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09 Aug 2012 18:07
DeMarie Swanepoel, with her husband, Gert, in court on the day before Sheryl Cwele was convicted. (Rogan Ward, M&G)
Convicted drug mule Tessa Beetge, who has already spent four years in an overcrowded prison in São Paulo, Brazil, is desperately hoping for a reduction in her 12-year sentence following the conviction of Sheryl Cwele, the former wife of State Security Minister Siyabonga Cwele.
But the possibility of Beetge coming home early hinges on what happens in the Supreme Court of Appeal next week, according to her devoted mother, Marie Swanepoel. Cwele and her Nigerian co-accused, Frank Nabolisa, are appealing against their conviction and sentence for drug trafficking and dealing in drugs.
"I was told by our foreign affairs department that if anyone is put in jail, they might be able to help to try get my daughter's sentence reduced," said Swanepoel.
She has spent more than four years fighting to ensure that those who recruited her daughter to smuggle cocaine to South Africa will pay for it, and she intends travelling to Bloemfontein to listen to the appeal.
"I'm allowed only two calls a year.
I spoke to Tessa on her 35th birthday recently and she is coping," said Swanepoel.
Flatly denied throughout
In the heads of argument prepared on her behalf by Kemp J Kemp SC, Cwele denied that she entered into a conspiracy to use two women, Beetge and Charmaine Moss, to transport drugs.
These allegations were "flatly denied throughout" from her arrest and bail hearing to the sentencing process, the court papers state.
Kemp said it was clear from the admissable evidence in court that there was no direct evidence of the conspiracy or agreed arrangement. There was no evidence from Moss, who testified, or Beetge, who did not testify, that Cwele had at any time asked them to carry any packages, mentioned the words drug or cocaine, or any "overt act" that constituted direct awareness of the arrangement or that cocaine was to be smuggled, her court papers claim.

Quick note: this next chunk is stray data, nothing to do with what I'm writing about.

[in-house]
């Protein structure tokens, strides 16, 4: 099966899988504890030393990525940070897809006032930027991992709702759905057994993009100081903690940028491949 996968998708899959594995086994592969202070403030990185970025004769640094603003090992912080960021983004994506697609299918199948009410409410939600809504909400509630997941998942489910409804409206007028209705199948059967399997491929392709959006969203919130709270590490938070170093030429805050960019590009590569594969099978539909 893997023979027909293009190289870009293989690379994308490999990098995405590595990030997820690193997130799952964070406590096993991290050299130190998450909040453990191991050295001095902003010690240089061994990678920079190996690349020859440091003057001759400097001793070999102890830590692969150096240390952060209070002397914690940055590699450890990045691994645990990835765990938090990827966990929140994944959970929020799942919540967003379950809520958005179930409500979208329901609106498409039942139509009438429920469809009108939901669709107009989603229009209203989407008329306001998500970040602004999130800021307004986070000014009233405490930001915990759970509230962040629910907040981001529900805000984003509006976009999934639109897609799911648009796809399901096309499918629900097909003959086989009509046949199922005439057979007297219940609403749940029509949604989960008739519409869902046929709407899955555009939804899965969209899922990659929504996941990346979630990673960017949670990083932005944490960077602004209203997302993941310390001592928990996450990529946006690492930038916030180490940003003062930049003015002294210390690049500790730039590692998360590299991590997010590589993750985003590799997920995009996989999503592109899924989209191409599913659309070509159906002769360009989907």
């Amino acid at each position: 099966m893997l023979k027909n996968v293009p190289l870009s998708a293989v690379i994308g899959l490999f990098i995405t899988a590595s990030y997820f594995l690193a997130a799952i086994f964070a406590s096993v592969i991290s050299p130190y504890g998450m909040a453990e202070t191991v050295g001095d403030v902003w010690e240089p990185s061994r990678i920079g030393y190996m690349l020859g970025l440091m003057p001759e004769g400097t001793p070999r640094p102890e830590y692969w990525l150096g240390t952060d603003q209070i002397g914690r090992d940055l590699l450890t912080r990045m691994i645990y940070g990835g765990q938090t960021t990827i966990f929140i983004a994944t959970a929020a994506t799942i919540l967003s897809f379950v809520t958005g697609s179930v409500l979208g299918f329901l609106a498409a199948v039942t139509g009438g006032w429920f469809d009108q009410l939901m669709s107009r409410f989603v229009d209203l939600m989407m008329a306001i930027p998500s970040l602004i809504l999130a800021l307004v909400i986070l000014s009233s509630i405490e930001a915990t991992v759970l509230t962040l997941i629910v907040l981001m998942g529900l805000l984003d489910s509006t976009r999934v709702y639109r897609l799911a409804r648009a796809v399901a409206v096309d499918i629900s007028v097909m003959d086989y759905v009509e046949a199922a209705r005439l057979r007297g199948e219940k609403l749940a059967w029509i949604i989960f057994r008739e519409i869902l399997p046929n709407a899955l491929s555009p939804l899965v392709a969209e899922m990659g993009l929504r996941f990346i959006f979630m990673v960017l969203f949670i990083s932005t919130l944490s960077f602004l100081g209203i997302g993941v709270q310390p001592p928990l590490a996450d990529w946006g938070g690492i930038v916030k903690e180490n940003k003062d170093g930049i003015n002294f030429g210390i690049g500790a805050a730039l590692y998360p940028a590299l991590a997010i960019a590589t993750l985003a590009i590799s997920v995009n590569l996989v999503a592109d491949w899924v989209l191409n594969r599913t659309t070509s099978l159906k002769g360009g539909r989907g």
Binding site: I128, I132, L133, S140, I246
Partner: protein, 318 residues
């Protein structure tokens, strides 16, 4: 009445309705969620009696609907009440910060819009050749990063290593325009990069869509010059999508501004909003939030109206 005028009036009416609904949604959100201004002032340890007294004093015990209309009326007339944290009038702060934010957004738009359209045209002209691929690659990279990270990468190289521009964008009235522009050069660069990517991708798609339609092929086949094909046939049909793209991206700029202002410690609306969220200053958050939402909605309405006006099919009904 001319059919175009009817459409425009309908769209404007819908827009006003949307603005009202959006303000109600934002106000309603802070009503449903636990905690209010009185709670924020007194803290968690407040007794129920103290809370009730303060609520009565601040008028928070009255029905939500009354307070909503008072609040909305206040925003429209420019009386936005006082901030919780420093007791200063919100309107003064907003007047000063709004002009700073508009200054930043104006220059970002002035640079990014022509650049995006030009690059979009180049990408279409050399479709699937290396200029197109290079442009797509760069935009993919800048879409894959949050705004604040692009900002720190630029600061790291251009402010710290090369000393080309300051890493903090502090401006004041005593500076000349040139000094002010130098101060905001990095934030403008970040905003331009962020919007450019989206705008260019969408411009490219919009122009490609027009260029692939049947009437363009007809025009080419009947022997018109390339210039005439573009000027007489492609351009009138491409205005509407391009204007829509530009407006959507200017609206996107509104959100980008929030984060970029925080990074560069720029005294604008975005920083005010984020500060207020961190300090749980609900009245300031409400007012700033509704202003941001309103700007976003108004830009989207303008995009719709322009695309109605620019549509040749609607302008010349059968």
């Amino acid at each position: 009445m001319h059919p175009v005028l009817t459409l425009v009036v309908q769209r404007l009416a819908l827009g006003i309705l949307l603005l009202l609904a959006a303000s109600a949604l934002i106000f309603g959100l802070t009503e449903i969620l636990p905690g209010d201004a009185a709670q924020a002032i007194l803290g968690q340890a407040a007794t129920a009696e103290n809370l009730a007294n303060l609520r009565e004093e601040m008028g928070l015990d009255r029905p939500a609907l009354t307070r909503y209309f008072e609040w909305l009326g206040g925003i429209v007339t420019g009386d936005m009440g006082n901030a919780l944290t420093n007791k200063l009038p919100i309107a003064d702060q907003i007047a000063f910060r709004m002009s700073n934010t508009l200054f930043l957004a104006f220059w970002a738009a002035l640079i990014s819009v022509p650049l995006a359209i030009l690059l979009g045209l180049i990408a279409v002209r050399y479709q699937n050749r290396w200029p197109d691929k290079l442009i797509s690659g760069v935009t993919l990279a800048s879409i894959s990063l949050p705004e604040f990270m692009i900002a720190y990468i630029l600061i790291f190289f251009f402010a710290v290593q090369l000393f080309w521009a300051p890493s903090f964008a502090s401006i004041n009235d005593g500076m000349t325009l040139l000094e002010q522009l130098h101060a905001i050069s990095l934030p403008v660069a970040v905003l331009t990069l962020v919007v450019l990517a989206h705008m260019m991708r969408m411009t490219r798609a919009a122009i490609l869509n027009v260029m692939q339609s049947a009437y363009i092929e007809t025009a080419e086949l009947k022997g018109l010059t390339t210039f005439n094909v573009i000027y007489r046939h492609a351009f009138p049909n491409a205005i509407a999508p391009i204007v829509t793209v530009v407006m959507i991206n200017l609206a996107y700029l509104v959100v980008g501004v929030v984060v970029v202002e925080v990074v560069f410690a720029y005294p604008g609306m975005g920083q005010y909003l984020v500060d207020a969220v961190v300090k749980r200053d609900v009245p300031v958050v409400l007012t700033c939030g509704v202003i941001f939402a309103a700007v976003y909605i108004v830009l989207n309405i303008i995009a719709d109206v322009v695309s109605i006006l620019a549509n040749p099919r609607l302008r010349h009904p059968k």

There was also no admissable evidence of interaction between Cwele or Nabolisa, it was alleged. Cwele's understanding when Beetge left for overseas was that she was going to work for Nabolisa and she had "sought to assist in arranging such travel plans", her appeal states.
However, by appealing their conviction, both Cwele and Nabolisa are taking a risk.
In the state's supplementary paper in its heads of argument, senior state advocate Ian Cooke states that the judgment stressed the gravity of international drug trafficking through the use of "mules" to import cocaine in their luggage from abroad.
The situation of both Cwele and Nabolisa was even "more serious", it states, because of the large amount of cocaine found and the fact they were the organisers of the crime.
"Their moral reprehensibility far exceeds that of the 'mules'," the state said in its court papers.
"A sentence in the region of 20 years' imprisonment should rather have been imposed. This court is free to impose a sentence in excess of the prescribed minimum if it finds that such would be fitting."
Cwele was divorced from her husband last year after she was convicted. The Daily News reported that the divorce was finalised in the Pietermaritzburg High Court last August. Both Cwele and Nabolisa were convicted by Judge Piet Koen on May 5 last year and sentenced to 12 years in prison.
Glimpse of hope
Following her conviction, Cwele also lost her job as health director at the Hibiscus Coast municipality, where the Mail & Guardian was told she was popular with staff. However, a disciplinary committee that was convened to decide whether she should keep her post ruled against her.
Cwele was released on R10 000 bail and her former husband rushed from the Pietermaritzburg court to the bank to obtain the money when she was given bail.
For Swanepoel, there was a glimpse of hope that she might see her daughter again when the Brazilian authorities indicated that they were willing to send Beetge to testify in person during the trial.
But Cooke said that South Africa could not risk bringing her back because she might disappear or seek legal recourse to block her return and create a diplomatic incident.
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